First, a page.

Authors:A. Catorci, F. Tardella, S. Cesaretti, M. Bertellotti, and R. Santolini
Since the early 20th century Patagonian arid steppes have been subjected to overgrazing that led to the degradation of plant communities. We hypothesized that the interplay among grazing history, plant-plant spatial interactions and species traits affects recovery and assemblage of shrub community after short-term abandonment in north-eastern Patagonian arid steppe (Peninsula Valdés, Argentina). We compared six sites (two in grazed pastures, and four in short-term ungrazed pastures, two of which intensively grazed, while the other two low intensity grazed in the past) with regard to: shrub cover percentage (10 × 10 m plots); shrub patch dimension, species richness, and spatial interactions among shrub species depending on patch dimension (patches sampled along transects); species richness and composition, vertical relations among species, and traits related to avoidance strategies and disturbance (1 × 1 m plots sampled along transects). Our results indicated that recovery processes in abandoned pastures act through the increase in shrub patch size, formation of new patches, change in patch composition and richness, and in within-patch relations among shrub species. No significant differences were found between sites subjected to different past grazing intensities. The increase in shrub cover was due to a significant expansion of the dominant shrub Chuquiraga avellanedae. The mechanism of new patch formation and spread was mainly based on facilitative processes acting between the dwarf shrubs, poorly palatable and disliked by wild herbivores, and young individuals of the dominant species emerging from their canopy. As patch size increased, dwarf shrubs were covered by taller ones or grew at the edge of the patch, indicating a phase of competitive exclusion. Plant-plant spatial interactions involved changes in the composition of plant traits linked to avoidance strategies, which were indicators of grazed conditions and of plots with shrub cover lower than 50%, while less need for defence against animal browsing was highlighted in ungrazed pastures and shrub-dominated plots. As the density of herbivores is recognized as the key factor in biodiversity conservation and ecosystem recovery, management plans devoted to conservation of biodiversity and forage resources should work to recreate grazing conditions close to the wild ones or to impose a short-term period of ecosystem rest that allows the plant community to recover.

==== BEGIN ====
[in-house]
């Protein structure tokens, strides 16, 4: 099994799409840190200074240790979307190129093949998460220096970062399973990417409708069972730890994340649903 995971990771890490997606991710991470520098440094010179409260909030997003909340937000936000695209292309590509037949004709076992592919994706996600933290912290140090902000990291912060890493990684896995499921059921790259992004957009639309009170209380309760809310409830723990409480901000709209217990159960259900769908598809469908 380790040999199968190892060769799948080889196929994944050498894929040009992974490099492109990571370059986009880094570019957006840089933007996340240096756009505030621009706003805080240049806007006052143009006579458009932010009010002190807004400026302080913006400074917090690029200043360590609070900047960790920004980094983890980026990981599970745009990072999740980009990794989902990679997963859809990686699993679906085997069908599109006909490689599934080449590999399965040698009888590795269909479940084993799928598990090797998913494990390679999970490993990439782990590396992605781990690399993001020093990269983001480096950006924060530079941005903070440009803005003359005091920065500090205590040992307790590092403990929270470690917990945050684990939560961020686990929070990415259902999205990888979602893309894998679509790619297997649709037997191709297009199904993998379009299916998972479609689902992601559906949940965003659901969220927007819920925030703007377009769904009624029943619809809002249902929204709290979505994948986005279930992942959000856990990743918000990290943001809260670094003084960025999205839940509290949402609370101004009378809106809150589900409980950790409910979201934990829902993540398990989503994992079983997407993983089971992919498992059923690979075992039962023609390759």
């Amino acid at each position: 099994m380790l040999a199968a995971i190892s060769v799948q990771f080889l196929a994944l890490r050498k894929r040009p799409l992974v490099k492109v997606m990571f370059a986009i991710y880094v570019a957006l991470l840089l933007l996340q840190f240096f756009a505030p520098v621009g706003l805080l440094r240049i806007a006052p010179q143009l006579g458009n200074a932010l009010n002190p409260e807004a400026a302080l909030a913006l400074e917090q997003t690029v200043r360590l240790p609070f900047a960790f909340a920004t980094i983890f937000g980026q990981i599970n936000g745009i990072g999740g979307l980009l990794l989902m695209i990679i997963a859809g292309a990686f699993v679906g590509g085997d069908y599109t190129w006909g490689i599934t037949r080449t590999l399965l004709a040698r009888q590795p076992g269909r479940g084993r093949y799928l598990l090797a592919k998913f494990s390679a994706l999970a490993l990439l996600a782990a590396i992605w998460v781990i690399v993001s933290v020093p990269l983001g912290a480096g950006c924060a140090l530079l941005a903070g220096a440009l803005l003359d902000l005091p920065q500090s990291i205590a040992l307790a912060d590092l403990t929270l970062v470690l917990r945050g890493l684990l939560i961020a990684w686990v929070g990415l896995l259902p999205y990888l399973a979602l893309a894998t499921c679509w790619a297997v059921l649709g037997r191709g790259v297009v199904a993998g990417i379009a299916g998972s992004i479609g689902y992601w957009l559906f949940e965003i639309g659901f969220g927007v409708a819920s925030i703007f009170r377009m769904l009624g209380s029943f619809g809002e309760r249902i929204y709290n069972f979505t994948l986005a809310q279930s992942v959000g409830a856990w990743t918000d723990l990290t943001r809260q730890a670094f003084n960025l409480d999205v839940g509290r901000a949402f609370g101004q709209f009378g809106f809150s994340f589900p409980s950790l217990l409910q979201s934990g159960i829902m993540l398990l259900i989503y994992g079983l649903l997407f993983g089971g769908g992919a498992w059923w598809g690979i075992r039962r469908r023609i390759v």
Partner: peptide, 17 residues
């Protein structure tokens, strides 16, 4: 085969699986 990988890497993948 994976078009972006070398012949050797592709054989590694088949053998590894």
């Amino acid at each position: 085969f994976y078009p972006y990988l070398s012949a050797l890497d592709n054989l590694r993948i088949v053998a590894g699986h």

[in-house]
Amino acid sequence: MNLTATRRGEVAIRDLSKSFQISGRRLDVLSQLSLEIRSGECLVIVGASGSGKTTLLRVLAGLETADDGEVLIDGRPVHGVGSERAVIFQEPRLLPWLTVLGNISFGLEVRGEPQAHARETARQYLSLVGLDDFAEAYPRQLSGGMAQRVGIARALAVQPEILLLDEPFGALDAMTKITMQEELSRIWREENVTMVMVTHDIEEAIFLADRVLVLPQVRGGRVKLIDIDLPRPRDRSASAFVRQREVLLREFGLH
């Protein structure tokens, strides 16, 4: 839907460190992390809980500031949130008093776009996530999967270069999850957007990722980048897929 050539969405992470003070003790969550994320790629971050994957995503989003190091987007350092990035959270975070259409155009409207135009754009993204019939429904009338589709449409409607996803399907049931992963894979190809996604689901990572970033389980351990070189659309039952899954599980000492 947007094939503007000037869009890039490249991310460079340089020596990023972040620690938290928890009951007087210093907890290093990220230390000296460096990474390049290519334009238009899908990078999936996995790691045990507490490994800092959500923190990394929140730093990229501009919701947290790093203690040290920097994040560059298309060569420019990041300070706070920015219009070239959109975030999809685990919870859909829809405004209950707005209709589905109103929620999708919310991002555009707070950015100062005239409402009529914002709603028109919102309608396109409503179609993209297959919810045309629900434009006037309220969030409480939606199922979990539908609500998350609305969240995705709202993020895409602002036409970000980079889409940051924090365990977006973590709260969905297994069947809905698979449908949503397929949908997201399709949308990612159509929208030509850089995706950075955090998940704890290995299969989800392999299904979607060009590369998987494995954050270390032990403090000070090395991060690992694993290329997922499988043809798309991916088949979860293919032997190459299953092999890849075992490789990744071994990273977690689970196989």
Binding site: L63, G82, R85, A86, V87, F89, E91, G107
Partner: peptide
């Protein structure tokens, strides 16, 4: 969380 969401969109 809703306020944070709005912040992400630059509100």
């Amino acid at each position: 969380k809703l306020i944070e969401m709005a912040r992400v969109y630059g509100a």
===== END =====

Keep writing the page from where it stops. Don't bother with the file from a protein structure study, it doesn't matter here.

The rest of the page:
Authors:A. Catorci, S. Cesaretti, R. Gatti, and G. Ottaviani
The present research deals with the impact of the invasive species Brachypodium genuense in central Apennine meadows. The study compares meadows under different management types (mown versus abandoned). B. genuense spread in the abandoned condition alters the ecological status of the site. It lowers soil temperature, moisture and pH, while it increases soil C/N ratio and litter production. In terms of biotic features, phenological analysis indicated that the abandoned condition is less rich in flowering species and individuals in each analysed date. We observed a less affected temporal niche (during the first phase of B. genuense leaf growth) and two strongly influenced phases (in early spring and in correspondence with phases when B. genuense flowers and has full growth of leaves). Functional trait analysis indicated that species with runners, ability to form patches, and late flowering strategies benefit from B. genuense spread, whereas species marked by storage organs, small size, and early flowering strategies benefit in the mown condition. However, it seems that only low frequency species are heavily threatened, while the others can remain inside the plant community by shelter niche occupation.